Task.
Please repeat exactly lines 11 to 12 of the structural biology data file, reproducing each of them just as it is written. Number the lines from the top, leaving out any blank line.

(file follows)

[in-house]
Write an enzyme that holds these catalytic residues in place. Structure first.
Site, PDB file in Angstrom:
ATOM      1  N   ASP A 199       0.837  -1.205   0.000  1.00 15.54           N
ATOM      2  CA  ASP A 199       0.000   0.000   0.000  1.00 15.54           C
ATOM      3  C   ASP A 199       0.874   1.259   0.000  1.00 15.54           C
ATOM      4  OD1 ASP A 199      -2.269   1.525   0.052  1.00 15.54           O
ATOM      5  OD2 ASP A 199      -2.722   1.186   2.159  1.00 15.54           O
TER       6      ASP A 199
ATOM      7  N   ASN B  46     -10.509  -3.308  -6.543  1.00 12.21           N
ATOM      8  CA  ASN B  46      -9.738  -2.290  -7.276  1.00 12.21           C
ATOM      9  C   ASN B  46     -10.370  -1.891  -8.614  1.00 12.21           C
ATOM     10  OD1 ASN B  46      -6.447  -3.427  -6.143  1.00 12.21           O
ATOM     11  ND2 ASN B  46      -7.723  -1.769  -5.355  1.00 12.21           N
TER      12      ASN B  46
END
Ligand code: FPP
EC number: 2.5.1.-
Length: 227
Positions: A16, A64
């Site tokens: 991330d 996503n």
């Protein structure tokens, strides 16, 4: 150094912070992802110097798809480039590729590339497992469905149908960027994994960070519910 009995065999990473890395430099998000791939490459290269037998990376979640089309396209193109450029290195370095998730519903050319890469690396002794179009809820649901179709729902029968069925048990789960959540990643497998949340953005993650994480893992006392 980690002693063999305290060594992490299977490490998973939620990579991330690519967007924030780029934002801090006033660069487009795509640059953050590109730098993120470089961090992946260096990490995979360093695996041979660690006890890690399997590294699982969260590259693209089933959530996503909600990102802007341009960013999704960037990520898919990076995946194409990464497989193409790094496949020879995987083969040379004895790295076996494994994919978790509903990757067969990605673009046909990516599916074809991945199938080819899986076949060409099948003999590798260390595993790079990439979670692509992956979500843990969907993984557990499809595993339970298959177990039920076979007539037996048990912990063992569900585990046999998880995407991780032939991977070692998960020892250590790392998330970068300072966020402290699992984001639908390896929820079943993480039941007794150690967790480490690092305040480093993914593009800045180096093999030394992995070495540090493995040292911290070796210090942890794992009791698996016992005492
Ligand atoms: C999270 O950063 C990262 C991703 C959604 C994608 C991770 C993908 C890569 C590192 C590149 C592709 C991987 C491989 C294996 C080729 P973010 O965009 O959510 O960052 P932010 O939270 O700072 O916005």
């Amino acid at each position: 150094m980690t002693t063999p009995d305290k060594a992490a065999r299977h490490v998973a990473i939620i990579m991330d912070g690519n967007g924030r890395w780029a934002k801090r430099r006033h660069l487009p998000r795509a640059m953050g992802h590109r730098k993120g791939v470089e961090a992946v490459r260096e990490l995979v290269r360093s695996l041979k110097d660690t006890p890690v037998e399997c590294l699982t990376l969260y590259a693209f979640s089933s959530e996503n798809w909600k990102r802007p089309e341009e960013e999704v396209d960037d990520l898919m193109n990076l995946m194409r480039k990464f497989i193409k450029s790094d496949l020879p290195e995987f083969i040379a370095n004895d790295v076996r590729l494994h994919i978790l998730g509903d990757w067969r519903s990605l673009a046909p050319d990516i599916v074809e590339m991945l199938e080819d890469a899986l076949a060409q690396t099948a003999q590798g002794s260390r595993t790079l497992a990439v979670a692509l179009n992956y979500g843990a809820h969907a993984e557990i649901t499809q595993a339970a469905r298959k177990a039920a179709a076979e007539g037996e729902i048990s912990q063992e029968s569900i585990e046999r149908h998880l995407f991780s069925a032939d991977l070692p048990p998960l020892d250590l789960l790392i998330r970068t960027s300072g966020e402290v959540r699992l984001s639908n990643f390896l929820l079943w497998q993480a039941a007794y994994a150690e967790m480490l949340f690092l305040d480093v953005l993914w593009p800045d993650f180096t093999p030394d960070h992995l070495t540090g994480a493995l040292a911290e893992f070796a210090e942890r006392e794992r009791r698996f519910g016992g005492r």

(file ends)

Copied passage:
ATOM      8  CA  ASN B  46      -9.738  -2.290  -7.276  1.00 12.21           C
ATOM      9  C   ASN B  46     -10.370  -1.891  -8.614  1.00 12.21           C